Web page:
Ok, great. So you’re running the correct vGPU driver and you’re running the correct vSphere licensing. There’s no need to change anything there again. Forget about them and look at other areas.
The BIOS is a really important step. I’m not saying it’s the issue, but it could certainly cause an issue and does need to be set correctly if it isn’t already. Do you not have any out of band management for the Server hardware? Is there no way to remotely get to the BIOS on server boot? How do you remotely power it on? No remote management Console to watch it’s progress?
Regarding vCenter, first I want you to double check something …
1: Log into vCenter as administrator.
2: Locate the vSphere Host that has the T4 installed and select it.
3: In the centre, click Configure, under Hardware select PCI Devices.
4: In the tab that says Passthrough-enabled devices, make sure the T4 is not listed here.
5: If it is listed here, it must be removed. Click All PCI devices and Configure Passthrough. Scroll down and unselect the T4 (there are multiple T4 options in here, none of them should be selected).
6: Reboot the Host afterwards.
7: Once rebooted, using the above steps ensure that the T4 is no longer showing in the Passthrough-enabled devices.
Now follow these steps:
1: Log into vCenter as administrator (if you aren’t already).
2: Locate the vSphere Host that has the T4 installed and select it.
3: In the centre, click Configure, under Hardware select Graphics.
4: You now have 2 Tabs (Graphics Devices and Host Graphics), select Host Graphics.
5: Select the Edit tab to the right.
6: In the Window that opens there are 2 sets of 2 options, at the moment you’re only interested in the tops ones (Shared and Shared Direct). You must select Shared Direct.
7: Reboot the vSphere Host. Once it comes back up, using the steps above make sure that Shared Direct has been accepted and is still set.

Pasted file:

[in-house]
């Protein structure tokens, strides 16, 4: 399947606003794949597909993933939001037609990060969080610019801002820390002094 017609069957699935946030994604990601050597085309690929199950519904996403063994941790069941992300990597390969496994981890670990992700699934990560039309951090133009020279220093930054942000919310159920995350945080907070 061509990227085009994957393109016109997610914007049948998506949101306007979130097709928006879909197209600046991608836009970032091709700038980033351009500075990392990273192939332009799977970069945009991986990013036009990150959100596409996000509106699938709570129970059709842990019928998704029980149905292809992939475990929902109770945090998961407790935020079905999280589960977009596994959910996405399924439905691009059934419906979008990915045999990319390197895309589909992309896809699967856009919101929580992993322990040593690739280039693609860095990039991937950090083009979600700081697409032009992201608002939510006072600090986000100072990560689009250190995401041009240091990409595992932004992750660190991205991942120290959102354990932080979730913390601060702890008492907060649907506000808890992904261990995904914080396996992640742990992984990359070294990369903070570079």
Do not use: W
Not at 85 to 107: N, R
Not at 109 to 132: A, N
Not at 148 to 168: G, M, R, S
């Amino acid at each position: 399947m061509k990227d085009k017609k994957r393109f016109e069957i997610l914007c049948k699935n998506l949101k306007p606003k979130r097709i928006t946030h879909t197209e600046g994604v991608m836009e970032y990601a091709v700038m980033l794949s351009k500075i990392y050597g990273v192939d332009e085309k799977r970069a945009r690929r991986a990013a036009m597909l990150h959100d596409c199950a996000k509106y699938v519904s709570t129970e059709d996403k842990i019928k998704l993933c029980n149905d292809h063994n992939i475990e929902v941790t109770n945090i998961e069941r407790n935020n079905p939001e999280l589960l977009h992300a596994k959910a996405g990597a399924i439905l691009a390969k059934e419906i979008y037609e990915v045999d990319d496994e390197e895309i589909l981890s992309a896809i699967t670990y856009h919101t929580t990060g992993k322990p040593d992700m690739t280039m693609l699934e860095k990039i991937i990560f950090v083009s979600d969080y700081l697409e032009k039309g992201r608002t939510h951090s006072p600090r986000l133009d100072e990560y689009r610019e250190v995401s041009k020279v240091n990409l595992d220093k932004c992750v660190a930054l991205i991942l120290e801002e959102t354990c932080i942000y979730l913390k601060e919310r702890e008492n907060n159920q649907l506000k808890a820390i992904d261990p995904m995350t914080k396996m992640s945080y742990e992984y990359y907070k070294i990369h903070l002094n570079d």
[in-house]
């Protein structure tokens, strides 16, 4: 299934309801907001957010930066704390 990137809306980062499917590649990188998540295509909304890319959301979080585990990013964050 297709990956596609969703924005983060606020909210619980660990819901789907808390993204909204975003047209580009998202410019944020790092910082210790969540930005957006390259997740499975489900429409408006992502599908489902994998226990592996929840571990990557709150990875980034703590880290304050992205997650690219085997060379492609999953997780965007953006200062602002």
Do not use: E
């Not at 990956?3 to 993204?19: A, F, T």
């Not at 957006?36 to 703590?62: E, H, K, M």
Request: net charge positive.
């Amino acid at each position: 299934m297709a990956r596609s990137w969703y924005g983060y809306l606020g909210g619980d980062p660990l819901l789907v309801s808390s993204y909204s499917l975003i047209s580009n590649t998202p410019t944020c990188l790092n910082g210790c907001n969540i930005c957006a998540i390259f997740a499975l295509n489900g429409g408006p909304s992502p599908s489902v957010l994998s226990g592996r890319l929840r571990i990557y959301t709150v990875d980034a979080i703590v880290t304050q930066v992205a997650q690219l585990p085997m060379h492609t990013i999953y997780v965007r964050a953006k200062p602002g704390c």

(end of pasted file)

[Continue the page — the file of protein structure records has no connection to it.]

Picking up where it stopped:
8: Connect to the Host using SSH and run nvidia-smi vgpu. If vGPU is available, it will list the T4.
Try that and see how you get on
This project is in POC stage and then, unfortunetly, I don’t have the IPMI (supermicro) or IDRAC (HP) to remotely get the bios.
For the other point, I don’t have vcenter (I won’t be able to install it on my windows 10). Then I just can use the hypervisor web-UI and then, I didn’t find with that interface, the way to configure hardware PCI-device (that was what I said when I told about the shared direct; I’m not sure to have activated later…).
Is there a way to do so using the web-UI ? And if not, how can I install vCenter on my windows 10 ?
apparently, vSphere client is no longer available for ESX later than 6.0 and I’m using 6.7 version…
You need vCenter for vGPU.
I don’t mean any offence, but it sounds like you’ve not used VMware before, or at the very least are not familiar with it or its components. With that in mind, as you’ve mentioned this is urgent, I would strongly advise that you forget about using vGPU and just use the T4 in Passthrough to a single RDSH VM and give all users access to that. That’s the quickest way to build a usable VM and give multiple users a platform to work from (if that is your objective). You can get vCenter installed and look at vGPU after that’s done when your users are working.
Passthrough doesn’t need vCenter and you can configure that directly on the vSphere Host. If this is an acceptable alternative, then reverse the steps I mentioned above about checking for Passthrough-enabled devices. Please note, that the T4 will still require a license in Passthrough, so make sure you have the NVIDIA License Server up and running.
If you still want to go down the vGPU route, then you will need vCenter. In which case, deploy it on another physical Server in your environment. Download the vCenter .iso, this will then allow you to deploy a vCenter VSA to your other Server, but you’ll need to know how to configure it.